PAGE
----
Yersinia

12 plus species including:

SPECIES

MICROSCOPIC APPEARANCE

Gram Stain: Gram-negative.
Morphology: Straight rods, sometimes approaching a spherical shape.
Size: 0.5-0.8 micrometers by 1.0-3.0 micrometers.
Motility: Most are motile under 30 degrees C. and non-motile at 37 degrees C.
( Yersinia pestis is always non-motile).
Capsules: None.
Spores: None.
Other: Commonly categorized as a fastidious bacteria.

MACROSCOPIC APPEARANCE

Colonies grown on Nutrient Agar appear translucent to opaque. After 24 hours of growth, colonies may appear gray-white and slightly muccoid. After 48 hours, most species diameters increase and the centers become elevated and take on a "Chinese Hat" shape.

KEY BIOCHEMICAL REACTIONS

METABOLIC PROPERTIES

Facultatively anaerobic. Chemoorganotrophic, having both a fermentative and respiratory type metabolism. Acid without gas is produced from glucose.

HABITAT

Occur within a broad spectrum of habitats including humans, animals, especially rodents and birds, soil, water, dairy products and other foods. Also, habitat will vary according to specie group e.g.:

1. Yersinia pestis - rodent-flea-rodent.
2. Yersinia pseudotuberculosis and Yersinia enterocolitica - intestinal pathogens.

For the most part, the geographical distribution of Yersinia spp. is widespread, and the organism has been isolated from all continents. The incidence of infectious disease varies with the seasons and tends to be highest during cold season.

PATHOGENICITY

The pathogenicity of Y. intermedia , Y. kristensenii and Y. frederiksenii in man and animals is not clearly established. They tend to behave more like opportunistic pathogens than true pathogens. (2)

Other species are occasional opportunistic human pathogens and others are nonpathogenic. Y. ruckeri is a fish pathogen responsible for red mouth disease, especially in rainbow trout. An inflammation of the mouth and the throat is the main characteristic. Yersinia pestis is the causative agent of 'Urban' and 'Sylvatic' Plague. Yersinia pseudotuberculosis is a causative agent for chronic diarrhea, and severe septicemia.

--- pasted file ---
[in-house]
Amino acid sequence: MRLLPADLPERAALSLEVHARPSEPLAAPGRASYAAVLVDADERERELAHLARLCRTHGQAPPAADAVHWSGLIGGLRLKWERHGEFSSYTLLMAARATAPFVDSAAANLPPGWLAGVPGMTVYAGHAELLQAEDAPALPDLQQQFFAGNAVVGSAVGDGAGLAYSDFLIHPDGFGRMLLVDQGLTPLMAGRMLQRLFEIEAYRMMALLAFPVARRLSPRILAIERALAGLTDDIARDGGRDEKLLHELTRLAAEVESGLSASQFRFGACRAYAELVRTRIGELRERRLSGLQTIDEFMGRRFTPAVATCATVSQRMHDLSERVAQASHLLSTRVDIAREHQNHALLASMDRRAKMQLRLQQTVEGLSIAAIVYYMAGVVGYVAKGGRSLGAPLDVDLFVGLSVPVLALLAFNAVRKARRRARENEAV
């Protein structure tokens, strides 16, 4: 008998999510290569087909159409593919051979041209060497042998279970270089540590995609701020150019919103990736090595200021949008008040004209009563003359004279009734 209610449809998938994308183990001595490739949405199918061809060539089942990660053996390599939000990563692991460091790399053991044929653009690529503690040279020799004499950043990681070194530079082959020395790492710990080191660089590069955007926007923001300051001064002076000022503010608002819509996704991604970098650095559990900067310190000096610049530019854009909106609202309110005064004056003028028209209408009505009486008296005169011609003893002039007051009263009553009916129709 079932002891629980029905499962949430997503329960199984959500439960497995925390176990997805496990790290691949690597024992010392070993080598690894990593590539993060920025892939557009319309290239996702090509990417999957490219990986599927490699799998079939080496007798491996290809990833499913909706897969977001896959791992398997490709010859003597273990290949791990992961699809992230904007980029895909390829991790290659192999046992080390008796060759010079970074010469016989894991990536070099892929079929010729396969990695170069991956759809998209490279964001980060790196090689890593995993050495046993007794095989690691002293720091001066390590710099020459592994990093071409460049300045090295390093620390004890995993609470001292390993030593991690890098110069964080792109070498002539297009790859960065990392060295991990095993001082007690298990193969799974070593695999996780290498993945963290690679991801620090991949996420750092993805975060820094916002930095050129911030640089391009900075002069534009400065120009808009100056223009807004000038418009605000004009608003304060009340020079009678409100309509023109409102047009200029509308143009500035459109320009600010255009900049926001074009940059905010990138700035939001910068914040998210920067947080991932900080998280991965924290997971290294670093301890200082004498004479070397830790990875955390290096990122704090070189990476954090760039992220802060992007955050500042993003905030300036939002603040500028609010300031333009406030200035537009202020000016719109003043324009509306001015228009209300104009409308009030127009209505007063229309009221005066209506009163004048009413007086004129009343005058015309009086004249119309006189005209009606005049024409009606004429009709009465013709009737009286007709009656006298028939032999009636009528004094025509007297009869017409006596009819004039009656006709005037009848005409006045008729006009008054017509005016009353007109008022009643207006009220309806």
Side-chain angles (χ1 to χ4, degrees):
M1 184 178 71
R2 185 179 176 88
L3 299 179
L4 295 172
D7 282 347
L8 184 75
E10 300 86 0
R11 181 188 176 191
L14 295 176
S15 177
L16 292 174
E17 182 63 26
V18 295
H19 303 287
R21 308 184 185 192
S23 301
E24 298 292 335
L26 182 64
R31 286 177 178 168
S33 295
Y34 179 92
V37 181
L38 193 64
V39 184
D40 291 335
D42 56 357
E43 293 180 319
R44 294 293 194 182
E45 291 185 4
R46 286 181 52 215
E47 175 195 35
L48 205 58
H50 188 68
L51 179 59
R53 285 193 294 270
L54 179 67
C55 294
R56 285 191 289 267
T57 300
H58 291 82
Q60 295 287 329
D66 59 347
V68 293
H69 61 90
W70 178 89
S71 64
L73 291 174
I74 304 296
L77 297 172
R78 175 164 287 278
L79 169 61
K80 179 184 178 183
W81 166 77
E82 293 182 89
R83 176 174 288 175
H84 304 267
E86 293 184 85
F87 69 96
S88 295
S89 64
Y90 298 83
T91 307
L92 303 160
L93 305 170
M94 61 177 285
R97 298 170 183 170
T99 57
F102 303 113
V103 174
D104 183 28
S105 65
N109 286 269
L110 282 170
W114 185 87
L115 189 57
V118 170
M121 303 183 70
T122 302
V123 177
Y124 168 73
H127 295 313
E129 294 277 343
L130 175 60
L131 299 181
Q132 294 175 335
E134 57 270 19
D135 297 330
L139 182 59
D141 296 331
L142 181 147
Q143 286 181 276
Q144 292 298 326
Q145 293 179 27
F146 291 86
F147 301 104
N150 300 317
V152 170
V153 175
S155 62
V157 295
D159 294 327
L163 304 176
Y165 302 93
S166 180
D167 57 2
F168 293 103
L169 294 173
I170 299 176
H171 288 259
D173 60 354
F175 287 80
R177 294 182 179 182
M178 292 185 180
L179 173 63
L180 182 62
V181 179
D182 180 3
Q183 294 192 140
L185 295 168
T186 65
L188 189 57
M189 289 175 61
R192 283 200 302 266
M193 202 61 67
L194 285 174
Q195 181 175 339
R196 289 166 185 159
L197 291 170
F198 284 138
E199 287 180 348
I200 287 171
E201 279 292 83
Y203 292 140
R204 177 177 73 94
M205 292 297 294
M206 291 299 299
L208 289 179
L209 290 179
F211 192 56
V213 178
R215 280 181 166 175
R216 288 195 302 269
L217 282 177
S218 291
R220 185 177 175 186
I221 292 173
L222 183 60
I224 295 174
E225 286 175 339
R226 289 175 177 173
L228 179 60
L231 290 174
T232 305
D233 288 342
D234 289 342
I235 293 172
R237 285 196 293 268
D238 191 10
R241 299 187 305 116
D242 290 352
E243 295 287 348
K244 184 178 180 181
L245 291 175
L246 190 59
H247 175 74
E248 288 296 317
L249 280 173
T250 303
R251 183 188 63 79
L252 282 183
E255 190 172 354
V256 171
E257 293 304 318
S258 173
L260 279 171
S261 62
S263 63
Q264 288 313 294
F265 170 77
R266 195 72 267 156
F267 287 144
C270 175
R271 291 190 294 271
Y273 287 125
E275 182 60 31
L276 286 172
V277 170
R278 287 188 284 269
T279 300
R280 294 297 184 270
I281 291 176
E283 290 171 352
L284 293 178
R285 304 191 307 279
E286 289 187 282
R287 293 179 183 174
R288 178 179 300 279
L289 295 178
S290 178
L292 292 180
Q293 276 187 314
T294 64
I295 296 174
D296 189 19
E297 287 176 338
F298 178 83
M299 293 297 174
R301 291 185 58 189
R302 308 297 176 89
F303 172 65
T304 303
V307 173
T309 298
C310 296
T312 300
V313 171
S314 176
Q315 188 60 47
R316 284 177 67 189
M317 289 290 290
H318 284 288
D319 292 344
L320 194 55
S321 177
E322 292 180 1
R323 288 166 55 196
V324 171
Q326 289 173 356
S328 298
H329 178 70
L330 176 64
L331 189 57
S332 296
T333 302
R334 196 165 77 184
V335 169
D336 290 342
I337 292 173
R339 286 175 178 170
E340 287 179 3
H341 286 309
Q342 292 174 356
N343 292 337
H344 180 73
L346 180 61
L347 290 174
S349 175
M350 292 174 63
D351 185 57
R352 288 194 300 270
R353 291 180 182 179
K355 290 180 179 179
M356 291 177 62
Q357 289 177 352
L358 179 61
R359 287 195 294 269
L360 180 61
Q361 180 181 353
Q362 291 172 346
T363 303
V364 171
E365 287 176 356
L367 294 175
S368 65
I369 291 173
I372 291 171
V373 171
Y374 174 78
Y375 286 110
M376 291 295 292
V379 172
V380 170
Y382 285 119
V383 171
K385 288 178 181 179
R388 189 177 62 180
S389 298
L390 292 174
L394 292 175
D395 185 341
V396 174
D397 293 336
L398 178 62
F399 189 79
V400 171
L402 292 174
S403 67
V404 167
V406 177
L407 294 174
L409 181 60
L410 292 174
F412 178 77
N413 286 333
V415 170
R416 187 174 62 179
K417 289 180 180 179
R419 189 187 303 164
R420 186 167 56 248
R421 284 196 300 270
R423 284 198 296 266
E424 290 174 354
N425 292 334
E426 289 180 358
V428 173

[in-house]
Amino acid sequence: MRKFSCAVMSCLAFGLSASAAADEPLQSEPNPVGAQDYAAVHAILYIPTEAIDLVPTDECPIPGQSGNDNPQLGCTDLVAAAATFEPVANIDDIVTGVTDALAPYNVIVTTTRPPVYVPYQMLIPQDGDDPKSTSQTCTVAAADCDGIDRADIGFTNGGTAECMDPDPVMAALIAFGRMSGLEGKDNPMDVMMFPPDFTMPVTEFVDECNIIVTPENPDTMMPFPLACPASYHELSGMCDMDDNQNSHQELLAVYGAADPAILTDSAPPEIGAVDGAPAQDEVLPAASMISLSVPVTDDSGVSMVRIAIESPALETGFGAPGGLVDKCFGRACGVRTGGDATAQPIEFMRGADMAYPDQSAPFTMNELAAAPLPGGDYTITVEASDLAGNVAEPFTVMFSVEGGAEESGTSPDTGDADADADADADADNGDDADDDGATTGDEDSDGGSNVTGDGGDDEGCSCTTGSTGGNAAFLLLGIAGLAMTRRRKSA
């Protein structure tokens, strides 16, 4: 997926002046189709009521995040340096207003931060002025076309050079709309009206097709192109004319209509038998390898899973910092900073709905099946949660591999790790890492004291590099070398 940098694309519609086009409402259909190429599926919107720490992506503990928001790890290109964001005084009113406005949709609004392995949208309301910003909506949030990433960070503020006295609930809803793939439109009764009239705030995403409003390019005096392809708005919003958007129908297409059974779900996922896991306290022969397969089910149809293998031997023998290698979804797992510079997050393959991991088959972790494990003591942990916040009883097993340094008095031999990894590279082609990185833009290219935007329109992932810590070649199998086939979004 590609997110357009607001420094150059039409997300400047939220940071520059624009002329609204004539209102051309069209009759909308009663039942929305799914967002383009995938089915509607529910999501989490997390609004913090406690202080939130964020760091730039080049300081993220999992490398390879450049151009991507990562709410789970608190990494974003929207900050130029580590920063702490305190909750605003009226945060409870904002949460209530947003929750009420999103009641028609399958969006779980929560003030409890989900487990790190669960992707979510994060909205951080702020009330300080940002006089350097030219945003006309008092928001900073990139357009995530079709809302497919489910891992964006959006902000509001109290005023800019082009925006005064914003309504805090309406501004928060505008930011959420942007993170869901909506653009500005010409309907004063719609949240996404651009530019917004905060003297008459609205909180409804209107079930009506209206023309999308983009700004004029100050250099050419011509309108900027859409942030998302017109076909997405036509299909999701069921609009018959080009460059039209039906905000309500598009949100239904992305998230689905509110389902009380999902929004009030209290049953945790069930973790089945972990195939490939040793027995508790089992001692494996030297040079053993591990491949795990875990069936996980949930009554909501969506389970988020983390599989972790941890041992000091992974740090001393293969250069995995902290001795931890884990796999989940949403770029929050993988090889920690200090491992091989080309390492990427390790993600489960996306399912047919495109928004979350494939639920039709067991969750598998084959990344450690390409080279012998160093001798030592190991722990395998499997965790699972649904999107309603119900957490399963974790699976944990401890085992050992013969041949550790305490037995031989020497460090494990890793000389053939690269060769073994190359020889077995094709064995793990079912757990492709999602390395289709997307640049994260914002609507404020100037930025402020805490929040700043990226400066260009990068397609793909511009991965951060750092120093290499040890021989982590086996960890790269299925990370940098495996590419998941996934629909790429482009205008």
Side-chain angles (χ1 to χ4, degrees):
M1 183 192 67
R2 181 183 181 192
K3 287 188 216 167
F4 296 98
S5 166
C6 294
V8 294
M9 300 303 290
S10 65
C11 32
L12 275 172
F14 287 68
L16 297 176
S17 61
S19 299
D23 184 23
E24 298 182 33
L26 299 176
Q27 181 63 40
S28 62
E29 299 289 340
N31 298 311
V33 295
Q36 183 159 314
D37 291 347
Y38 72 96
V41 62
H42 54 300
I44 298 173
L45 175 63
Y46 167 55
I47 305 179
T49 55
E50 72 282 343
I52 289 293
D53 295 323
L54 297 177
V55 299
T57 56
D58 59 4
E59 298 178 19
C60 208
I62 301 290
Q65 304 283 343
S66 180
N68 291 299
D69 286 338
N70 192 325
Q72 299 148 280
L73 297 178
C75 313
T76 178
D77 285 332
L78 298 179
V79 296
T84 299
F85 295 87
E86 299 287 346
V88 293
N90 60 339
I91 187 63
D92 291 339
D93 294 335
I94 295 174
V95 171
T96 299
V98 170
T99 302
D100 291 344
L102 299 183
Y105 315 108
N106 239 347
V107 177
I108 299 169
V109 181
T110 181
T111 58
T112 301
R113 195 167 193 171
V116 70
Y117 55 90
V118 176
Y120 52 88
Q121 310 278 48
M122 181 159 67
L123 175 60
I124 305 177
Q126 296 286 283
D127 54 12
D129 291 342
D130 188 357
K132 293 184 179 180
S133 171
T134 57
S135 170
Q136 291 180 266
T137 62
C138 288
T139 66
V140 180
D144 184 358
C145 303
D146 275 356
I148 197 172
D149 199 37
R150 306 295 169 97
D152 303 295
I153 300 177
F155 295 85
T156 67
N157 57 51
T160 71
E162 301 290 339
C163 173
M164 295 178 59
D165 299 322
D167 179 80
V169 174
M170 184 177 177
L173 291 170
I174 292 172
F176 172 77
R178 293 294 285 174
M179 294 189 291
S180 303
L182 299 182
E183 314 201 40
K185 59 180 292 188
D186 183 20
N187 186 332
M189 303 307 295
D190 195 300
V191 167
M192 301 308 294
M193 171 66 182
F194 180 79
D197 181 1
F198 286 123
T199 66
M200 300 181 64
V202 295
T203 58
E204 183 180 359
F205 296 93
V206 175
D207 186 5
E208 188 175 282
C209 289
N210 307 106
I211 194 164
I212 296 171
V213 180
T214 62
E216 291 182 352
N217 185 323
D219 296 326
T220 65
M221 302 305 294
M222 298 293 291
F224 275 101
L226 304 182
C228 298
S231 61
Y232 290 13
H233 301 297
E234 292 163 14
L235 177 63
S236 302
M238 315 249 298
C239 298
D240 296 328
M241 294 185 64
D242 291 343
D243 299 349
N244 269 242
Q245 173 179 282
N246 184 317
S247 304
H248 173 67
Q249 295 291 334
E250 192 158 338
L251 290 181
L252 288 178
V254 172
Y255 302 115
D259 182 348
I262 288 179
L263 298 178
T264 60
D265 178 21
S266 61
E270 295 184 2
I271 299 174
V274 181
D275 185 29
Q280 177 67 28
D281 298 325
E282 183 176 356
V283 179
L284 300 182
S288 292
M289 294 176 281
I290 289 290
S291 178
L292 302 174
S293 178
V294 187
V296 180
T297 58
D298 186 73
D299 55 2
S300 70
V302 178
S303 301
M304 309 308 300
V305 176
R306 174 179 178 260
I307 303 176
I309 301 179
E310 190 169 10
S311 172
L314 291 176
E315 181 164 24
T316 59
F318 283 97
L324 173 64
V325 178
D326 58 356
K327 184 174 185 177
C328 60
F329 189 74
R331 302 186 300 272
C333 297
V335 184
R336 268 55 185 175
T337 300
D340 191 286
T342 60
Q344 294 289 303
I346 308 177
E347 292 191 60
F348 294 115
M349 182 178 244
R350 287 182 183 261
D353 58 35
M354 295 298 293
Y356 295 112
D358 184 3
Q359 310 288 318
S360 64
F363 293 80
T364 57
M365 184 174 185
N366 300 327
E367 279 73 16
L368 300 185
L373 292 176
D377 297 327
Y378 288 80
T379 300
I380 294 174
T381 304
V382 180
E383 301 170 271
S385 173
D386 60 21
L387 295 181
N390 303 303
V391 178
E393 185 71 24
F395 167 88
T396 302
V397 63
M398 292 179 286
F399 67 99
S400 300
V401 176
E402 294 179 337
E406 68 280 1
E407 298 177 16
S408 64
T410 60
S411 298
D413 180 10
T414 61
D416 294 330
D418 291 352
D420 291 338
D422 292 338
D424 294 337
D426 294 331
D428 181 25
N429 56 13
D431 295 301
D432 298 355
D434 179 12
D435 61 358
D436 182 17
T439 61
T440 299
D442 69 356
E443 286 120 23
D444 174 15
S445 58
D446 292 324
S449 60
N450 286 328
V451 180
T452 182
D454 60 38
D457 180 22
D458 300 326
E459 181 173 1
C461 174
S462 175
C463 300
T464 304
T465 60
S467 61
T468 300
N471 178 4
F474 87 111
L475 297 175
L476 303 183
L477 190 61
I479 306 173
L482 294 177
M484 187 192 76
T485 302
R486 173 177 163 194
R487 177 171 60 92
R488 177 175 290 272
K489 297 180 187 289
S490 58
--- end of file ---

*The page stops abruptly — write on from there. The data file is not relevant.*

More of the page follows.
RECOMMENDED MEDIA

For culture: Nutrient Agar or Tryptic Soy Agar (TSA), Blood Agar 5%.
For selective isolation: Cefsulodin-Irgasan-Novobiocin (CIN) Agar, MacConkey Agar, Salmonella Shigella (SS) Agar, XLD Agar and Hektoen Enteric (HE) Agar.
For maintenance: Nutrient Agar or Tryptic Soy Agar (TSA) for maintenance. TSB with 20% Glycerol for storage at -70 degrees C. Lyophilization may be used for preservation.

INCUBATION

Temperature: a. 25 degrees C.
b. 35 degrees C.
Time: a. 48 hours.
b. 24 hours followed by 24 hours at room temperature.
Atmosphere: Aerobic.
pH: 7.2-7.4.

REFERENCES

1. Holt, J.G., et al. 1994. Bergey's Manual of Determinative Bacteriology , 9th ed. Williams & Wilkins, Baltimore, MD.

2. Holt, J.G., et al. 1986. Bergey's Manual of Systemic Bacteriology , Vol. I & II. Williams & Wilkins, Baltimore, MD.

3. The Oxoid Vade-Mecum of Microbiology . 1993. Unipath Ltd., Basingstoke, UK.

4. Murray, P.R., et al. 1995. Manual of Clinical Microbiology , 6th ed. American Society for Microbiology, Washington, D.C.

5. Internet: www.hardlink.com /Bacterial Database Search, February, 1998.

6. Hensyl, B.R., et al. 1990. Stedman's Medical Dictionary , 25th ed. Williams & Wilkins, Baltimore, MD.

7. Koneman, et al. 1997. Color Atlas and Textbook of Diagnostic Microbiology , 5th ed. Lippincott, Philadelphia, PA.

8. Howard, B.J., et al. 1994. Clinical and Pathogenic Microbiology, 2nd ed. Mosby, St. Louis, IL.

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